Books: Ghosts in the Cemetery and Ghosts in the Cemetery II by Stuart Schneider
FYI: This book was published by Schiffer, the publisher of Quincy Tahoma: The Life and Legacy of a Navajo Artist, which I wrote with Charnell Havens. They gave me a copy for review.
I stop along country roads so that I can visit the dead. The longer they have been dead the better. That sounds rather irreverant? But the choice of burial markers and inscriptions hint at stories of whole lives–even regions. I cannot resist seeing the ghosts of former lives revealed in a cemetery, even while I feel a bit creepy about it.
Cemeteries can be gardens, or woods–peaceful places for contemplation. They can be displays of wonderful carving by unknown sculptors–stonemasons who in former days might have been building cathedrals. The writing on the stones can be terse or poetic. The size of a monument can say “modest”, “died broke”, or can arrogantly proclaim “I was rich and important.”
Ghosts in the Cemetery and Ghosts in the Cemetery II (and his soon to be released book III) take the “ghosts of former lives” phrase I used in the first paragraph much more literally than I do with my tombstone tromping. Schneider and “Rebecca Benjamin,” who is listed as the photographer in the first book*, do not just photograph the stones and trees and mounds of earth, they photograph the ectoplasm–the wispy remains–the ghosts.
As Stuart Schneider‘s web site says:
“Old cemeteries are like outdoor museums or stone gardens. They have character. The headstones and mausoleums are all that remain of the stontmason’s art and nature has weathered the stones, adding moss, age, and patina.“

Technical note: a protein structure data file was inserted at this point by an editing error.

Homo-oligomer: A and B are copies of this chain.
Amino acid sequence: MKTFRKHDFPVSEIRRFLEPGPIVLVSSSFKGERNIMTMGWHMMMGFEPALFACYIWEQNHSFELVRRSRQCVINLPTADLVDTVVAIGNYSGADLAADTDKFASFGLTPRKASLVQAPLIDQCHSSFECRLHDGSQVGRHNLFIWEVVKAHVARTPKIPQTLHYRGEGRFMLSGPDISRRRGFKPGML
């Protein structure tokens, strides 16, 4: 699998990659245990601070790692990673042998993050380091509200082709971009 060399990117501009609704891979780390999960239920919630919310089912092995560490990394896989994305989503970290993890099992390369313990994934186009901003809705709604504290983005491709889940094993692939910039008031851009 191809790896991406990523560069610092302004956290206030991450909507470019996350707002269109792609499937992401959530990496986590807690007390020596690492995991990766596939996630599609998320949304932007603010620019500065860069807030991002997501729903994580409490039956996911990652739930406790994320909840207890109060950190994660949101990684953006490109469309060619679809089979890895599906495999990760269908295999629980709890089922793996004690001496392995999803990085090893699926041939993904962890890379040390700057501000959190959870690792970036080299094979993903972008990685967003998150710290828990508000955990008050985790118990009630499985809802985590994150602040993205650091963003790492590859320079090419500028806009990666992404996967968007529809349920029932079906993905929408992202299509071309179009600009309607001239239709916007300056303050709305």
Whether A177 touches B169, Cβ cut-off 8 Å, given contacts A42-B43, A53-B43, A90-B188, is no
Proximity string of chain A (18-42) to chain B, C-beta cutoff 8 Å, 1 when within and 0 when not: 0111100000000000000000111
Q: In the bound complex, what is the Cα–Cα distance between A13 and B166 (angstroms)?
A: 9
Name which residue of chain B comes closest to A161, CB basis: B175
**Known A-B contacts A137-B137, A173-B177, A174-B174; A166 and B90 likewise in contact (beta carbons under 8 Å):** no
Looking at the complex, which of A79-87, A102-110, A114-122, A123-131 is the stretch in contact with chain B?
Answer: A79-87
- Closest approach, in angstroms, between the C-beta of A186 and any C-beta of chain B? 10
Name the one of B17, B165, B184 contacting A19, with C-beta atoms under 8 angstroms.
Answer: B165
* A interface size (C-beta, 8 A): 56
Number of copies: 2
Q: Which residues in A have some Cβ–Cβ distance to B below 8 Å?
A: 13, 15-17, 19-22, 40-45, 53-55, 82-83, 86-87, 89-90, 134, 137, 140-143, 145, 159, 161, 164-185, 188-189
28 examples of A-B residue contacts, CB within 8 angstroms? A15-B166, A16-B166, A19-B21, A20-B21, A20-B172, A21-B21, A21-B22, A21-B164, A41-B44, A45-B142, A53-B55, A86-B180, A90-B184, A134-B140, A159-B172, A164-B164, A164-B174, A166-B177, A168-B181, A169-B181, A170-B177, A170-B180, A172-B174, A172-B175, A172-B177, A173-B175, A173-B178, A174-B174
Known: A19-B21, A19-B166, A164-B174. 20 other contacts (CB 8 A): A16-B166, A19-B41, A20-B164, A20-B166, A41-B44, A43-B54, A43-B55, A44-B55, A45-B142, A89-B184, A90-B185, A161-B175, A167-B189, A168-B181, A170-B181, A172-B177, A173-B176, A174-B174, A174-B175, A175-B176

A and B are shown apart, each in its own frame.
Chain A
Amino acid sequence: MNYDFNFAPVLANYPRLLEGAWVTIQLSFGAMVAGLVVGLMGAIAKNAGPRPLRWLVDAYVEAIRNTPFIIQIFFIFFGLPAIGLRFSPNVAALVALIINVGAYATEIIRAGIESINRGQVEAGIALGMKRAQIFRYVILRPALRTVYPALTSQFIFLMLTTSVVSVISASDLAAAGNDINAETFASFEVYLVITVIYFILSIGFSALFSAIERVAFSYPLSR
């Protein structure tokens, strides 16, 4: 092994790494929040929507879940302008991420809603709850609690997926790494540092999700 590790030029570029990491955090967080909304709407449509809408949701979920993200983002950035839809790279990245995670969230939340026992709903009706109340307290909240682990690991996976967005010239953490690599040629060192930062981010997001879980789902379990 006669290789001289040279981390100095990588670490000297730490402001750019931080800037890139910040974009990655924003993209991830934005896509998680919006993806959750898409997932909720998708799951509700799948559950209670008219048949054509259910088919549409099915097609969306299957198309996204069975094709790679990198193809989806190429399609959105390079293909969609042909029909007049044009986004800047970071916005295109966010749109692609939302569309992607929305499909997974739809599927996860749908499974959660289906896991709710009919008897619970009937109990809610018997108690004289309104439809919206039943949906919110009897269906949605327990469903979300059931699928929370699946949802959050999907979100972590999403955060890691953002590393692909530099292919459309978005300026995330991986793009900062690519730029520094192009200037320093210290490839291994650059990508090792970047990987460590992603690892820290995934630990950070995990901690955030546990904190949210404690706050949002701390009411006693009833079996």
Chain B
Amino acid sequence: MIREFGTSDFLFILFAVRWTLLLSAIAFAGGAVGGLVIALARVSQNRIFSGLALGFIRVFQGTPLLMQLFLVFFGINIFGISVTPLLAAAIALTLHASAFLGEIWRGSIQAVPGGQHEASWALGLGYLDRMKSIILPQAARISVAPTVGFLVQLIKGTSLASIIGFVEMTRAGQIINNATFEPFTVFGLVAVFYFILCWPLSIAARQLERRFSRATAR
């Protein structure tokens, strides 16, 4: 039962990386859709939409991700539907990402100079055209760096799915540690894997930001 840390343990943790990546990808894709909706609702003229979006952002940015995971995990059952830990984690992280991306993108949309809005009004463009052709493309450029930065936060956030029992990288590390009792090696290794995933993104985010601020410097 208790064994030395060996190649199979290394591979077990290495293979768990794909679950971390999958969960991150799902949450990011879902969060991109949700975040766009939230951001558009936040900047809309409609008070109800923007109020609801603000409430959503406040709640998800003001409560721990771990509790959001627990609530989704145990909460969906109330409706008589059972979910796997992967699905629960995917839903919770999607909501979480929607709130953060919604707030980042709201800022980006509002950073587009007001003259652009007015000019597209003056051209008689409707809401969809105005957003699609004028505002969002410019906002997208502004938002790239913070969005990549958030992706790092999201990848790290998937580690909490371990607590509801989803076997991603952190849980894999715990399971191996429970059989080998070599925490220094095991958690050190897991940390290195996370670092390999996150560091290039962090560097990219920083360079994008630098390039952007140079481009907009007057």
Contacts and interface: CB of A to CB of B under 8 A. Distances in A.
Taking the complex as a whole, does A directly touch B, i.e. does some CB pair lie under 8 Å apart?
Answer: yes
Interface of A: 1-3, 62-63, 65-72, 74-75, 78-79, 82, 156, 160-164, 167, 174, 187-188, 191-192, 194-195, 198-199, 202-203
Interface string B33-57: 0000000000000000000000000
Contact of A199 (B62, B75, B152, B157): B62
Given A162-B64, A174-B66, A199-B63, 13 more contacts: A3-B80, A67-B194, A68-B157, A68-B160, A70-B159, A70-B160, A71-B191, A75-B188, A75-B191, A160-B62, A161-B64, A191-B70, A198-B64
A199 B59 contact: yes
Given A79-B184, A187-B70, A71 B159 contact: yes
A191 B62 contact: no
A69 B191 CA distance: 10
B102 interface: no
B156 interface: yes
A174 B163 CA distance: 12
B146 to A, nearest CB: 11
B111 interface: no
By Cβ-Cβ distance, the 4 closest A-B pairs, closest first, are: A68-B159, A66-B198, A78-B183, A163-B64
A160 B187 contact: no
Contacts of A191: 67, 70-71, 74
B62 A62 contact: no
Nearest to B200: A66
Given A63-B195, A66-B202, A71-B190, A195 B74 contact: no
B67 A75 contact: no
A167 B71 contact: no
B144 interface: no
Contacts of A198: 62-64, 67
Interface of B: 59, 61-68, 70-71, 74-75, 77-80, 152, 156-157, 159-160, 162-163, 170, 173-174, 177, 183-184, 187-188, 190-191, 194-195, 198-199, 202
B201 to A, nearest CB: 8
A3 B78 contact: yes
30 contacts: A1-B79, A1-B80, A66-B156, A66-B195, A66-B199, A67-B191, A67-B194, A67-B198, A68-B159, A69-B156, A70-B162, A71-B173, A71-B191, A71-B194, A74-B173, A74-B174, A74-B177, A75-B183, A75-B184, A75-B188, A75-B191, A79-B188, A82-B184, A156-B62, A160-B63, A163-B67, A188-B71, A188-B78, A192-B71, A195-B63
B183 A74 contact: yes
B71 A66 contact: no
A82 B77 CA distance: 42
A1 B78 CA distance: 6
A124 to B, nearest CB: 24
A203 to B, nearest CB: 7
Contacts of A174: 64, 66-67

Schneider, who has eclectic interests, has written or– excuse the expression– ghost written dozens of books. One of his subjects is Halloween, and these two Ghost books fit right in to Halloween thoughts. He takes the photographs for these books, and wisely is not telling HOW he takes them, beyond the fact they are taken with a digital camera. That is key, because official ghost busters only accept film photos where they can examine the negative as well as the print. He says he has no interest in convincing skeptics. Fair enough. That might be a full time job in an age when we can no longer trust digital photographic evidence.
Besides, it does not matter to your enjoyment of the book whether you are skeptic or believer. The photographs are beautiful in themselves, like this evocative shot taken in Sleepy Hollow Cemetery, in the area made famous by Washington Irving with his spooky stories.
Not only are the photos lovely to look at, but Schneider’s research has turned up delightful stories to go along with each place he photographs.
If you want to use these books as a kind of travel guide to cemeteries worth seeing, the first book features the northeastern United States and one place in Quebec. Book II, subtitled Farther Afield, also features many in the eastern United States, but wanders to Arizona for the mining town of Jerome and the San Xavier Mission Cemetery in Tucson. Without any particular logic, the book visits one foreign country, going to the Pere Lechaise in Paris and to Lyon, France. Pictures from that one at top of page and here…
*Rebecca and Benjamin are Schneider’s two children–so Rebecca Benjamin is, in effect, an ectoplasm herself. The author/photographer invented “her” for his first book because he was afraid that he would anger people who bought his other books, particularly ghost hunters. Since he got acceptance, he “lost” Rebecca in subsequent books.
All photos here are the copyrighted property of Stuart Schneider. You can see more of his ghost photographs at the Schneider web site.
Your turn. Do you visit cemeteries? Any to recommend? Every photographed a ghost?